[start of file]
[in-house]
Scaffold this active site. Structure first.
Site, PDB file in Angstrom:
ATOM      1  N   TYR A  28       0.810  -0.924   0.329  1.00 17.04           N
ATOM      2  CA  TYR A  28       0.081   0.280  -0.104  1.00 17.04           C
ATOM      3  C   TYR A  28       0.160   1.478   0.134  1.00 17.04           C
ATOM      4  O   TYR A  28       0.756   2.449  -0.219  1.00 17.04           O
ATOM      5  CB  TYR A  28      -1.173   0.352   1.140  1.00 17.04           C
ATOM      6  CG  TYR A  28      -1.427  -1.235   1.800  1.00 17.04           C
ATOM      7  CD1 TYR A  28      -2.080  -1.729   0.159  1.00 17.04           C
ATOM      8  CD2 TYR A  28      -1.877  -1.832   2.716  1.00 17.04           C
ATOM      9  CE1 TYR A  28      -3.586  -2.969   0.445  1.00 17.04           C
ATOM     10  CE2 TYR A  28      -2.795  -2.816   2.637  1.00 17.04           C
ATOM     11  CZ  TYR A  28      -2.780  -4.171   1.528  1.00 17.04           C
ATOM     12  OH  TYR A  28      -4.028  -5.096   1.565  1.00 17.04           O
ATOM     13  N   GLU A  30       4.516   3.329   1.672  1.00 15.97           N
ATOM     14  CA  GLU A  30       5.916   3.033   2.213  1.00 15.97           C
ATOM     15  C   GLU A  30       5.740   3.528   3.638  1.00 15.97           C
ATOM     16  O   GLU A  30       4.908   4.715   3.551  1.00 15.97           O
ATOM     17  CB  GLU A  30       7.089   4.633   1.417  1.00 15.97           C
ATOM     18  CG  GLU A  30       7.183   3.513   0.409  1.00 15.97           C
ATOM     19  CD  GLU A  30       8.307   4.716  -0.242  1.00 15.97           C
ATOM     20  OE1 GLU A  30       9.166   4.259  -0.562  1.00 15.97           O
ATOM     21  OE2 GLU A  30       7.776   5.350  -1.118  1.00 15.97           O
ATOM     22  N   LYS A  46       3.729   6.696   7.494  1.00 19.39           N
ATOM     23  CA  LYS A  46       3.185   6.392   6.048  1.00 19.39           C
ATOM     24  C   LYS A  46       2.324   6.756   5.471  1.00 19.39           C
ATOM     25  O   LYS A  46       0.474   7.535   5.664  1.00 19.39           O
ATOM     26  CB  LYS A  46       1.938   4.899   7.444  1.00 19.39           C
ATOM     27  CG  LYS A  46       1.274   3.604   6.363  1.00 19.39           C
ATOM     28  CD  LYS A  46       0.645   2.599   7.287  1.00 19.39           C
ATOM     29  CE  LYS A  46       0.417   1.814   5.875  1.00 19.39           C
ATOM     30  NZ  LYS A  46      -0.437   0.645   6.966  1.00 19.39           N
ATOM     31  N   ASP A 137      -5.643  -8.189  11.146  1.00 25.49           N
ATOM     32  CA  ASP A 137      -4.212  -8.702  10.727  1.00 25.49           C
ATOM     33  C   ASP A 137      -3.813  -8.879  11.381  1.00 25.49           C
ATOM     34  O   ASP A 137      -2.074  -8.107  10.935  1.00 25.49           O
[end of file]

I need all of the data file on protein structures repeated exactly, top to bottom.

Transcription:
[in-house]
Scaffold this active site. Structure first.
Site, PDB file in Angstrom:
ATOM      1  N   TYR A  28       0.810  -0.924   0.329  1.00 17.04           N
ATOM      2  CA  TYR A  28       0.081   0.280  -0.104  1.00 17.04           C
ATOM      3  C   TYR A  28       0.160   1.478   0.134  1.00 17.04           C
ATOM      4  O   TYR A  28       0.756   2.449  -0.219  1.00 17.04           O
ATOM      5  CB  TYR A  28      -1.173   0.352   1.140  1.00 17.04           C
ATOM      6  CG  TYR A  28      -1.427  -1.235   1.800  1.00 17.04           C
ATOM      7  CD1 TYR A  28      -2.080  -1.729   0.159  1.00 17.04           C
ATOM      8  CD2 TYR A  28      -1.877  -1.832   2.716  1.00 17.04           C
ATOM      9  CE1 TYR A  28      -3.586  -2.969   0.445  1.00 17.04           C
ATOM     10  CE2 TYR A  28      -2.795  -2.816   2.637  1.00 17.04           C
ATOM     11  CZ  TYR A  28      -2.780  -4.171   1.528  1.00 17.04           C
ATOM     12  OH  TYR A  28      -4.028  -5.096   1.565  1.00 17.04           O
ATOM     13  N   GLU A  30       4.516   3.329   1.672  1.00 15.97           N
ATOM     14  CA  GLU A  30       5.916   3.033   2.213  1.00 15.97           C
ATOM     15  C   GLU A  30       5.740   3.528   3.638  1.00 15.97           C
ATOM     16  O   GLU A  30       4.908   4.715   3.551  1.00 15.97           O
ATOM     17  CB  GLU A  30       7.089   4.633   1.417  1.00 15.97           C
ATOM     18  CG  GLU A  30       7.183   3.513   0.409  1.00 15.97           C
ATOM     19  CD  GLU A  30       8.307   4.716  -0.242  1.00 15.97           C
ATOM     20  OE1 GLU A  30       9.166   4.259  -0.562  1.00 15.97           O
ATOM     21  OE2 GLU A  30       7.776   5.350  -1.118  1.00 15.97           O
ATOM     22  N   LYS A  46       3.729   6.696   7.494  1.00 19.39           N
ATOM     23  CA  LYS A  46       3.185   6.392   6.048  1.00 19.39           C
ATOM     24  C   LYS A  46       2.324   6.756   5.471  1.00 19.39           C
ATOM     25  O   LYS A  46       0.474   7.535   5.664  1.00 19.39           O
ATOM     26  CB  LYS A  46       1.938   4.899   7.444  1.00 19.39           C
ATOM     27  CG  LYS A  46       1.274   3.604   6.363  1.00 19.39           C
ATOM     28  CD  LYS A  46       0.645   2.599   7.287  1.00 19.39           C
ATOM     29  CE  LYS A  46       0.417   1.814   5.875  1.00 19.39           C
ATOM     30  NZ  LYS A  46      -0.437   0.645   6.966  1.00 19.39           N
ATOM     31  N   ASP A 137      -5.643  -8.189  11.146  1.00 25.49           N
ATOM     32  CA  ASP A 137      -4.212  -8.702  10.727  1.00 25.49           C
ATOM     33  C   ASP A 137      -3.813  -8.879  11.381  1.00 25.49           C
ATOM     34  O   ASP A 137      -2.074  -8.107  10.935  1.00 25.49           O